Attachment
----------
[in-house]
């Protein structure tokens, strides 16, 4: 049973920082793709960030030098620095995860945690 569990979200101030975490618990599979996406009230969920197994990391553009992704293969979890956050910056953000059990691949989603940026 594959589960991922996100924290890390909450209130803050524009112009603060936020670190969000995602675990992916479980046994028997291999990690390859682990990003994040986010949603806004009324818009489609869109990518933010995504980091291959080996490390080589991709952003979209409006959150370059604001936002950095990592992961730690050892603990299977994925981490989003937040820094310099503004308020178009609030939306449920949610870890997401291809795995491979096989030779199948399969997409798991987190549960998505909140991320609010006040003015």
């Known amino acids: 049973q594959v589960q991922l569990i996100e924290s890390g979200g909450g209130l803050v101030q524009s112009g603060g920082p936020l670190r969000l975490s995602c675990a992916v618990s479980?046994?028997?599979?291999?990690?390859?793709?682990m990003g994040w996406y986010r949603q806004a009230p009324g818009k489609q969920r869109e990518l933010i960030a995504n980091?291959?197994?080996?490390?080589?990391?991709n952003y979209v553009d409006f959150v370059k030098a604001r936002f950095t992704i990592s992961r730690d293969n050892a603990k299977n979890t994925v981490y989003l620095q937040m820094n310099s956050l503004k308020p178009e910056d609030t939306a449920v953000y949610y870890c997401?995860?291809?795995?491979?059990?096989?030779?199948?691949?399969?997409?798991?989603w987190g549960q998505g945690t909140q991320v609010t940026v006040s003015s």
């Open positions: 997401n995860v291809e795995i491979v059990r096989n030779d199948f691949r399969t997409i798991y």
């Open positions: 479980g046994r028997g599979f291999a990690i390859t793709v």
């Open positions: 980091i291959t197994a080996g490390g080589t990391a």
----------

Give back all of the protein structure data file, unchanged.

[in-house]
């Protein structure tokens, strides 16, 4: 049973920082793709960030030098620095995860945690 569990979200101030975490618990599979996406009230969920197994990391553009992704293969979890956050910056953000059990691949989603940026 594959589960991922996100924290890390909450209130803050524009112009603060936020670190969000995602675990992916479980046994028997291999990690390859682990990003994040986010949603806004009324818009489609869109990518933010995504980091291959080996490390080589991709952003979209409006959150370059604001936002950095990592992961730690050892603990299977994925981490989003937040820094310099503004308020178009609030939306449920949610870890997401291809795995491979096989030779199948399969997409798991987190549960998505909140991320609010006040003015």
């Known amino acids: 049973q594959v589960q991922l569990i996100e924290s890390g979200g909450g209130l803050v101030q524009s112009g603060g920082p936020l670190r969000l975490s995602c675990a992916v618990s479980?046994?028997?599979?291999?990690?390859?793709?682990m990003g994040w996406y986010r949603q806004a009230p009324g818009k489609q969920r869109e990518l933010i960030a995504n980091?291959?197994?080996?490390?080589?990391?991709n952003y979209v553009d409006f959150v370059k030098a604001r936002f950095t992704i990592s992961r730690d293969n050892a603990k299977n979890t994925v981490y989003l620095q937040m820094n310099s956050l503004k308020p178009e910056d609030t939306a449920v953000y949610y870890c997401?995860?291809?795995?491979?059990?096989?030779?199948?691949?399969?997409?798991?989603w987190g549960q998505g945690t909140q991320v609010t940026v006040s003015s």
């Open positions: 997401n995860v291809e795995i491979v059990r096989n030779d199948f691949r399969t997409i798991y």
């Open positions: 479980g046994r028997g599979f291999a990690i390859t793709v």
């Open positions: 980091i291959t197994a080996g490390g080589t990391a």